You can help yourself and/or help a friend through this-
Ideas for getting beyond the Imposter Syndrome*
- Connect with a supportive and understanding advisor, mentor, or colleague
- Call on your partner or your friends, so they may be supportive and talk you through impostor feelings.
- Hire a tutor or take a class in a topic/area where you think your abilities are weaker. You'll learn what you need — or realize how much you already know.
- Make a list of your strengths. Look back at examples of your own successful work or positive reviews, and remind yourself of your own accomplishments.
- Accept that some tasks will not be done perfectly.
- Be aware of your language choices. If you find yourself thinking you were 'lucky' to receive a grant or publish a paper, focus on what you did to earn it.
Recent workshop participants (Overcoming the Imposter Phenomenon- IP) shared these ideas:
- Identify your feelings/thoughts and increase your awareness- when do these automatic thoughts come up? What is the context in which they creep up
- Rewrite your mental “tape”. Remind yourself it’s normal to not know everything— you will find out more as you progress. You’re here to learn.
- Talk about your feelings. Others might also feel like imposters. Have an open dialogue about IP.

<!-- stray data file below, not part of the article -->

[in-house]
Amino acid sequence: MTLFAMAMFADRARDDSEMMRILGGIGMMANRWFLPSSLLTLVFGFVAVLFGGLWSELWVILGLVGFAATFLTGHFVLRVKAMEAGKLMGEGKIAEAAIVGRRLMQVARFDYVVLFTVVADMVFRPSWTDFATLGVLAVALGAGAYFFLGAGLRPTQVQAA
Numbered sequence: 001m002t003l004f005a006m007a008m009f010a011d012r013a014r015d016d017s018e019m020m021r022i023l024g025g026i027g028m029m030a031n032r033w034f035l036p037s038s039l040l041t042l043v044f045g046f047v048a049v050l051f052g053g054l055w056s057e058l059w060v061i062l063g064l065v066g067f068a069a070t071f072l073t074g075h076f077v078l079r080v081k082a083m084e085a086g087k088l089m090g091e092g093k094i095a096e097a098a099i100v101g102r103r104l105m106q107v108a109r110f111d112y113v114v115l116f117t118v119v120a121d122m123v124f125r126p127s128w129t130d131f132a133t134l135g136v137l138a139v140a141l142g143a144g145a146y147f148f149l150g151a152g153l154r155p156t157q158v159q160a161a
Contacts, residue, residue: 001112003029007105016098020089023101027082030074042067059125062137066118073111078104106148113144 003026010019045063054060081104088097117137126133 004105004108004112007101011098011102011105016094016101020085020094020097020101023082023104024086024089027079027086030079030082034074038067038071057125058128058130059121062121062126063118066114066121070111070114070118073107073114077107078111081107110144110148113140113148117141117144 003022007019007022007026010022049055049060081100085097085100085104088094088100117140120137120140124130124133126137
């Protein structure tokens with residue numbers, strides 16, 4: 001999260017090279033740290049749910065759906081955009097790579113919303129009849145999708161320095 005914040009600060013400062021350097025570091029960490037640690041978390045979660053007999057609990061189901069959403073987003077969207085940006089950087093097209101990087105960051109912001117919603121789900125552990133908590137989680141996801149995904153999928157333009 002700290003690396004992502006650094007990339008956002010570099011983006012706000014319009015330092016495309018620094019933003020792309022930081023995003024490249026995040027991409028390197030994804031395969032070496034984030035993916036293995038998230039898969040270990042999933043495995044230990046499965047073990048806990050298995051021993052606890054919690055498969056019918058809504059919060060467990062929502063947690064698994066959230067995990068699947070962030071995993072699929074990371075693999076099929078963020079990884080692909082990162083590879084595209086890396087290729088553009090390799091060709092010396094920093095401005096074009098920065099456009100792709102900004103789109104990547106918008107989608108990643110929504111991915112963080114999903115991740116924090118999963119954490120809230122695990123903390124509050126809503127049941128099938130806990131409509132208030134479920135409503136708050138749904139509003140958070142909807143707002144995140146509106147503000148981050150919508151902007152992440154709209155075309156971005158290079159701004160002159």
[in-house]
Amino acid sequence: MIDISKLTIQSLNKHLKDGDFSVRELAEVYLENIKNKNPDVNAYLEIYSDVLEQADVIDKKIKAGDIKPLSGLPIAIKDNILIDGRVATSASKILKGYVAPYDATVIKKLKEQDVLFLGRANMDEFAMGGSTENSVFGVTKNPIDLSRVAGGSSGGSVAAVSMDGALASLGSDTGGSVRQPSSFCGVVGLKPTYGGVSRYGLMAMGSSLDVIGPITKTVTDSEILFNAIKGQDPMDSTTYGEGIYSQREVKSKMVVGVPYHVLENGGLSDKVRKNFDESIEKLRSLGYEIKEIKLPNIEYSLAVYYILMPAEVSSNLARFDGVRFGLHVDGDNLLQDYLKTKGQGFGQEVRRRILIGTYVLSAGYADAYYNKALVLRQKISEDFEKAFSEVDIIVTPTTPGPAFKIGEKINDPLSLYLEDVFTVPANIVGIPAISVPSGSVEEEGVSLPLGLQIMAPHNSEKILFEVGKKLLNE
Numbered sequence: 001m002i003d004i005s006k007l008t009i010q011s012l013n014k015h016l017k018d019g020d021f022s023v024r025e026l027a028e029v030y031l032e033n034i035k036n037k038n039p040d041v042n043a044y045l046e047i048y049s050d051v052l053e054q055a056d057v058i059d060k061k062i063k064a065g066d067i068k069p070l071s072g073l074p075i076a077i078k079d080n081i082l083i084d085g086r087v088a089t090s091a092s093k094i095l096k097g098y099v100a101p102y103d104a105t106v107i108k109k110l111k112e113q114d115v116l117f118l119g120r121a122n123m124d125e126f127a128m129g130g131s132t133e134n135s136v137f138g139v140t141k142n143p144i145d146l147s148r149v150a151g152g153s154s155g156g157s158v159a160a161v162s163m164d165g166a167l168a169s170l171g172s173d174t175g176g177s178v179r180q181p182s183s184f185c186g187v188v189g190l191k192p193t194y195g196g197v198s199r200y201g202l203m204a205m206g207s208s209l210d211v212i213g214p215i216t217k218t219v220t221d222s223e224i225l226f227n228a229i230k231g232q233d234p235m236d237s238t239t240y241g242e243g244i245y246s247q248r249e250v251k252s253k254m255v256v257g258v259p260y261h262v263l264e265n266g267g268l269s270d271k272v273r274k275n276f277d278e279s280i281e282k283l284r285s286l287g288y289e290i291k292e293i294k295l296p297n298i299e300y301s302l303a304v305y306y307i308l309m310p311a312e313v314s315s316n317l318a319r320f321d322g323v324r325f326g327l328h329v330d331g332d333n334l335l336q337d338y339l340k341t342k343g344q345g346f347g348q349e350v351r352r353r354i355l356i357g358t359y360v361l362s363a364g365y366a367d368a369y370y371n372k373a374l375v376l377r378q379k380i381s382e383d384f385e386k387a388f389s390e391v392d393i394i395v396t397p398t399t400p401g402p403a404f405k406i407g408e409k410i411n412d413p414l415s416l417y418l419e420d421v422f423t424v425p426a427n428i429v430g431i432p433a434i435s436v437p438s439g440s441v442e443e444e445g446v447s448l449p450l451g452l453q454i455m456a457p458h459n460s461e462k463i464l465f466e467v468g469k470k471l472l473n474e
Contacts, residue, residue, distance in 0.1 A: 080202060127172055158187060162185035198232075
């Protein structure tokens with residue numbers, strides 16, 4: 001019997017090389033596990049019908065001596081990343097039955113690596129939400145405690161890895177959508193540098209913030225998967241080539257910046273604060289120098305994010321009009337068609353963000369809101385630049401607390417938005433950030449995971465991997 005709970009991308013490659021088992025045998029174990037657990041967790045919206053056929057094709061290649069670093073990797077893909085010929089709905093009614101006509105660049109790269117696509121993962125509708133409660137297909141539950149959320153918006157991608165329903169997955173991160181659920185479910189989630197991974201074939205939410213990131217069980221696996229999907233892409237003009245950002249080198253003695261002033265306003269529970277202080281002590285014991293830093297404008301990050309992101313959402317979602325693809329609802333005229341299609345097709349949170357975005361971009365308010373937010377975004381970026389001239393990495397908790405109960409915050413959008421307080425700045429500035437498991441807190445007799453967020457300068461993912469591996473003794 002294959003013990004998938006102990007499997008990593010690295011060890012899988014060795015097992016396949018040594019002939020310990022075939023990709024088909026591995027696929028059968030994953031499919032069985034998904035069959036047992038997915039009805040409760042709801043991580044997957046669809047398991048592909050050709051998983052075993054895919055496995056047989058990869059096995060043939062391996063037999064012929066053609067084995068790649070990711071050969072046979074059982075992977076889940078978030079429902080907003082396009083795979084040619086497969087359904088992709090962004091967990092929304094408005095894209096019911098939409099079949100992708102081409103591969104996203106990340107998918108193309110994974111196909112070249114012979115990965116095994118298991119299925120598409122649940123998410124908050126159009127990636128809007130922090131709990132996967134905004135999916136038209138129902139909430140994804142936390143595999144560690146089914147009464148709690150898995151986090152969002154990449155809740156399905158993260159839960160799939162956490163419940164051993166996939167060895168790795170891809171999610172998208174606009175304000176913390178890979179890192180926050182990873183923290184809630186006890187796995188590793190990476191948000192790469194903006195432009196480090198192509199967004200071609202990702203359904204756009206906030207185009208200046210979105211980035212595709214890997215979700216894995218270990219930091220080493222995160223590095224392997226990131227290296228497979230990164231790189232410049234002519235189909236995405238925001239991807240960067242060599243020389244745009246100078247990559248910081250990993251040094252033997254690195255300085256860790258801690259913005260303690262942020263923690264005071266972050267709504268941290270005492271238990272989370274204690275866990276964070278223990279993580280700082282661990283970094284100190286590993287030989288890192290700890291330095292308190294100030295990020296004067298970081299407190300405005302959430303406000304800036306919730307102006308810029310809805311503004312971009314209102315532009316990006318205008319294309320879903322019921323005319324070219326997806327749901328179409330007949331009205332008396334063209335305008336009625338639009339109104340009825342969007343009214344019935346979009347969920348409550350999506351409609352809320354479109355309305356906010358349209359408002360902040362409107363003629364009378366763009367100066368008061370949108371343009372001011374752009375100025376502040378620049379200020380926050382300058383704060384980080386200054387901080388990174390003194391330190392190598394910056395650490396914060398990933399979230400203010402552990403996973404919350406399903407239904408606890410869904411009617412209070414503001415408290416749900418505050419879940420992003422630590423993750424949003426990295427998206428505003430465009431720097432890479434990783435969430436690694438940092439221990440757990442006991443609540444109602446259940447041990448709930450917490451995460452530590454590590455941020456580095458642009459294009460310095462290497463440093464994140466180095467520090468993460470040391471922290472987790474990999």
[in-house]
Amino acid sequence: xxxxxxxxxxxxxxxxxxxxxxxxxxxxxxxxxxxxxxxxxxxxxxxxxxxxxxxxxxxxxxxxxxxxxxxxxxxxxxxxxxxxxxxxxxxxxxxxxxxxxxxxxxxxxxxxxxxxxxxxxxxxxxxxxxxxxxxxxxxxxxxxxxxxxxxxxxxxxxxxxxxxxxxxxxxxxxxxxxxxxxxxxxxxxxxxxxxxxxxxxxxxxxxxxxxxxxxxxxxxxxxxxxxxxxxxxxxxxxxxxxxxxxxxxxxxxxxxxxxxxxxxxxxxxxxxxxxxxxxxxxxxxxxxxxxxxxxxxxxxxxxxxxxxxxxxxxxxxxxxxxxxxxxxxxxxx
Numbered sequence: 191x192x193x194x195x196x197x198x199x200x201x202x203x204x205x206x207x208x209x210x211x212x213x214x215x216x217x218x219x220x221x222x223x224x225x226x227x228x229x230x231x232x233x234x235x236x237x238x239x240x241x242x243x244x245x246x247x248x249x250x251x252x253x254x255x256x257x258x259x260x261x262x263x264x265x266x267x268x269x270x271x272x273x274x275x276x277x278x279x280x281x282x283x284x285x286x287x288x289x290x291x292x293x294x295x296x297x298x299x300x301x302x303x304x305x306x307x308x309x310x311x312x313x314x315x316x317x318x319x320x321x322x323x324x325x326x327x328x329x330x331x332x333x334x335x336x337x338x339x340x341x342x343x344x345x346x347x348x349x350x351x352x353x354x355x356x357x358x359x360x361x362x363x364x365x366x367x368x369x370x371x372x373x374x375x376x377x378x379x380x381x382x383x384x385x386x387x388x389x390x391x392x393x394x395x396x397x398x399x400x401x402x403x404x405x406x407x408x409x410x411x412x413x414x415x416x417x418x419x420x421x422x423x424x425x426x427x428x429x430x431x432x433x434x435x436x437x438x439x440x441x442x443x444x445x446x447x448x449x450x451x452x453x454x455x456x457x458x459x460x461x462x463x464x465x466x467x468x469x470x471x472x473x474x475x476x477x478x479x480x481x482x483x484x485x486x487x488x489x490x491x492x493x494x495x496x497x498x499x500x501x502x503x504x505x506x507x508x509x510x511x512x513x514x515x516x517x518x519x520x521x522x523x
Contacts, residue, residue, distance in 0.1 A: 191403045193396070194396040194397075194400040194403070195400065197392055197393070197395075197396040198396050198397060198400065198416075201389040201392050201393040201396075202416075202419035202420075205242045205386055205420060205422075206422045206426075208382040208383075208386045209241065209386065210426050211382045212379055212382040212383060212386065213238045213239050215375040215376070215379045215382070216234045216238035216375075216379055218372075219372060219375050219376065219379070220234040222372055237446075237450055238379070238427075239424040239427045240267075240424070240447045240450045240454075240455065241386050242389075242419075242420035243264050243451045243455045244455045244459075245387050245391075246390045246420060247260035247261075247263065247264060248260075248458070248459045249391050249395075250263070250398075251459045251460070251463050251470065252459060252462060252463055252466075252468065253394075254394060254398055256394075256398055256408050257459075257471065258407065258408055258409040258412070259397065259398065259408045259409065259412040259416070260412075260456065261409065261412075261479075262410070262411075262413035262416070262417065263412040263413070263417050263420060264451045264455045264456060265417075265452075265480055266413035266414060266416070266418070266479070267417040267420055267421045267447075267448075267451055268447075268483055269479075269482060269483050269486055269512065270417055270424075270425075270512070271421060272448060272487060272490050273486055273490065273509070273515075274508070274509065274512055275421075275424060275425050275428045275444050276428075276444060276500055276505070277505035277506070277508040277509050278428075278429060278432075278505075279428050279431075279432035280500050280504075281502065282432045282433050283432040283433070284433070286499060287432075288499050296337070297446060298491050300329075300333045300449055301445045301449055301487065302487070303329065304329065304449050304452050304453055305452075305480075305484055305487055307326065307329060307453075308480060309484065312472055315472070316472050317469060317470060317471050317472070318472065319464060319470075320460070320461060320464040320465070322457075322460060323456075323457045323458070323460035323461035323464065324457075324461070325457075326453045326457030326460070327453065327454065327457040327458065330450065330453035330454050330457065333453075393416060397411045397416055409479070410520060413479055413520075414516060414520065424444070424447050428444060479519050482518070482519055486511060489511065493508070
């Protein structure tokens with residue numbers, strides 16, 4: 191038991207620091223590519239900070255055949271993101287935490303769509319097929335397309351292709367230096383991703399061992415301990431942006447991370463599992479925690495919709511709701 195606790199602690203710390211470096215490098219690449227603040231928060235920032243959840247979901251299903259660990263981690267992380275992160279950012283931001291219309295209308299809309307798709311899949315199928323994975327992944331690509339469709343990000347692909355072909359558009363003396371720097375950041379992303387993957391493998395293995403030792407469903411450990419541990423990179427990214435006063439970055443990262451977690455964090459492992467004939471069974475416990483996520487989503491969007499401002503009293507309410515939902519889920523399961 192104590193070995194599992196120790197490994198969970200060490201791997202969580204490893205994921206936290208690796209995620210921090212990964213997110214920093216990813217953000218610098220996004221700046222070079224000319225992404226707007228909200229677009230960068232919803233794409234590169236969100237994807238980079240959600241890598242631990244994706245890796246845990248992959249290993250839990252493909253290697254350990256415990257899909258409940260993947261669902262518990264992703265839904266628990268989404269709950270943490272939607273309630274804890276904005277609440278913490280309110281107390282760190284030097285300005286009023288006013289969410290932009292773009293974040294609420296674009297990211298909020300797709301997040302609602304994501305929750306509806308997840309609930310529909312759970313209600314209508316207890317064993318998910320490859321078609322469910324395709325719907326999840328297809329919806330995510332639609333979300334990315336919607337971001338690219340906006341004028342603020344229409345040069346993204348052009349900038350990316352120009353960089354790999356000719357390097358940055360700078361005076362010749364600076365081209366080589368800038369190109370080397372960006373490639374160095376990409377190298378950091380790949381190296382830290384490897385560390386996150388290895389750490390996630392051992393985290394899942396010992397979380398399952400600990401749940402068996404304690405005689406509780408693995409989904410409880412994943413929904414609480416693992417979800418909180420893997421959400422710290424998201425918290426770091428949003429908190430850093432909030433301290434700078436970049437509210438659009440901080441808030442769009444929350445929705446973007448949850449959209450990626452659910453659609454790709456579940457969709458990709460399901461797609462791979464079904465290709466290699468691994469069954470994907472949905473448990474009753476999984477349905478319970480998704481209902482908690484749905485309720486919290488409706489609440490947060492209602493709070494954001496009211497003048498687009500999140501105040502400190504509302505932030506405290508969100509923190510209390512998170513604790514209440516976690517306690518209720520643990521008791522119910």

- Avoid negative self-talk. It’s normal to feel self-doubt at times, but know when you are beating yourself up. Instead of thinking you’re useless, reframe it to “the fact that I feel useless right now does not mean that I really am.”
- Try the “Fake it until you make it” approach— everyone, at some time in the lives, feels insecure about their academic/job performance. Remember, the most successful people are those willing to make mistakes.
- Learn to speak-up in many different situations. Try it in your friendship circle, try it in a class, or try it during office hours.
- Reframe failure as a learning opportunity. Find the lesson in the experience.
- Be kind to yourself. Forgive yourself. Reward yourself.
- Seek support.
- Become more comfortable with risks and/or changes.
- Find a mentor, mentoring is a critical success factor.
- Network with your peers and colleagues, both locally and globally.
- Visualize your success and keep your eyes on the prize.
- Field Guide to The Self-Doubter: Extra Credit Some true successes say their laurels are unearned. By Susan Pinker, published on November 01, 2009
- *“Unmasking the Imposter” by Karen Kaplan, published in Nature(2009). (source for top section)
- “Is it a problem of fit or Imposter Syndrome?” from Escape the Ivory Tower blog (2011)
- “Back to School Beatitudes: 10 Academic Survival Tips” on the Crunk Feminist Collective (2011)
- “Imposter Syndrome Quiz” from Overcome the Imposter Syndrome by Dr. Valerie Young
- The imposter phenomenon in high achieving women: Dynamics and therapeutic intervention. by Clance, Pauline R.; Imes, Suzanne A. Psychotherapy: Theory, Research & Practice, Vol 15(3), Fal 1978, 241-247. doi:10.1037/h0086006